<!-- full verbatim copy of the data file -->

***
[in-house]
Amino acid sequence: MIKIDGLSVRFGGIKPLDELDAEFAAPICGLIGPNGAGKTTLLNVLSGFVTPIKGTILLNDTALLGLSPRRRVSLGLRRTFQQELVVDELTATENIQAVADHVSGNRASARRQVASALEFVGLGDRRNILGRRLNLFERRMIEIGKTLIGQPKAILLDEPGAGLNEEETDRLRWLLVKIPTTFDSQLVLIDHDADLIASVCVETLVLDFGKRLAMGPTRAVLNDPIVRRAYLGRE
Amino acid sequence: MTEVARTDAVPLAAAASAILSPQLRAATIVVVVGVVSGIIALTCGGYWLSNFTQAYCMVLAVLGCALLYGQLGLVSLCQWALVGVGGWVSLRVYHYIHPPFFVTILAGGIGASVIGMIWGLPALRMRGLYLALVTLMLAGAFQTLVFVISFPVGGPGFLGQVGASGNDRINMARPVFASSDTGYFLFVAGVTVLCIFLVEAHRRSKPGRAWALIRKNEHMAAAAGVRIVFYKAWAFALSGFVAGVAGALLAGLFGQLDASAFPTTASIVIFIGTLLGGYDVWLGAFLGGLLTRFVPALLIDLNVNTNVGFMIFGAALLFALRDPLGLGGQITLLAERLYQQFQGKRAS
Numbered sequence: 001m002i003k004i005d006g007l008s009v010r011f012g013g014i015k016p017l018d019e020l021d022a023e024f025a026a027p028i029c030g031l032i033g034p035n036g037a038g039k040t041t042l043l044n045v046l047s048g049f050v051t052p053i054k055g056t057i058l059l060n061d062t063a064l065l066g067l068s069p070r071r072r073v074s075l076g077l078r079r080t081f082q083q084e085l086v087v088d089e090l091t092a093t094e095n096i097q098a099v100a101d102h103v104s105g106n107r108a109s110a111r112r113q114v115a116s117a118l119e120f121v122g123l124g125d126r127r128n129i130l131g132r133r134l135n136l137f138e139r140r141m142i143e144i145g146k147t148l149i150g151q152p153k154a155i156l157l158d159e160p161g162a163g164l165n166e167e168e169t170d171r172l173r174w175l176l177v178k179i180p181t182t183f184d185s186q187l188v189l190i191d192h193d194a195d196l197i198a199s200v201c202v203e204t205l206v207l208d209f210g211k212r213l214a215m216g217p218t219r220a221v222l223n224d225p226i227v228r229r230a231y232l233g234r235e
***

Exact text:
[in-house]
Amino acid sequence: MIKIDGLSVRFGGIKPLDELDAEFAAPICGLIGPNGAGKTTLLNVLSGFVTPIKGTILLNDTALLGLSPRRRVSLGLRRTFQQELVVDELTATENIQAVADHVSGNRASARRQVASALEFVGLGDRRNILGRRLNLFERRMIEIGKTLIGQPKAILLDEPGAGLNEEETDRLRWLLVKIPTTFDSQLVLIDHDADLIASVCVETLVLDFGKRLAMGPTRAVLNDPIVRRAYLGRE
Amino acid sequence: MTEVARTDAVPLAAAASAILSPQLRAATIVVVVGVVSGIIALTCGGYWLSNFTQAYCMVLAVLGCALLYGQLGLVSLCQWALVGVGGWVSLRVYHYIHPPFFVTILAGGIGASVIGMIWGLPALRMRGLYLALVTLMLAGAFQTLVFVISFPVGGPGFLGQVGASGNDRINMARPVFASSDTGYFLFVAGVTVLCIFLVEAHRRSKPGRAWALIRKNEHMAAAAGVRIVFYKAWAFALSGFVAGVAGALLAGLFGQLDASAFPTTASIVIFIGTLLGGYDVWLGAFLGGLLTRFVPALLIDLNVNTNVGFMIFGAALLFALRDPLGLGGQITLLAERLYQQFQGKRAS
Numbered sequence: 001m002i003k004i005d006g007l008s009v010r011f012g013g014i015k016p017l018d019e020l021d022a023e024f025a026a027p028i029c030g031l032i033g034p035n036g037a038g039k040t041t042l043l044n045v046l047s048g049f050v051t052p053i054k055g056t057i058l059l060n061d062t063a064l065l066g067l068s069p070r071r072r073v074s075l076g077l078r079r080t081f082q083q084e085l086v087v088d089e090l091t092a093t094e095n096i097q098a099v100a101d102h103v104s105g106n107r108a109s110a111r112r113q114v115a116s117a118l119e120f121v122g123l124g125d126r127r128n129i130l131g132r133r134l135n136l137f138e139r140r141m142i143e144i145g146k147t148l149i150g151q152p153k154a155i156l157l158d159e160p161g162a163g164l165n166e167e168e169t170d171r172l173r174w175l176l177v178k179i180p181t182t183f184d185s186q187l188v189l190i191d192h193d194a195d196l197i198a199s200v201c202v203e204t205l206v207l208d209f210g211k212r213l214a215m216g217p218t219r220a221v222l223n224d225p226i227v228r229r230a231y232l233g234r235e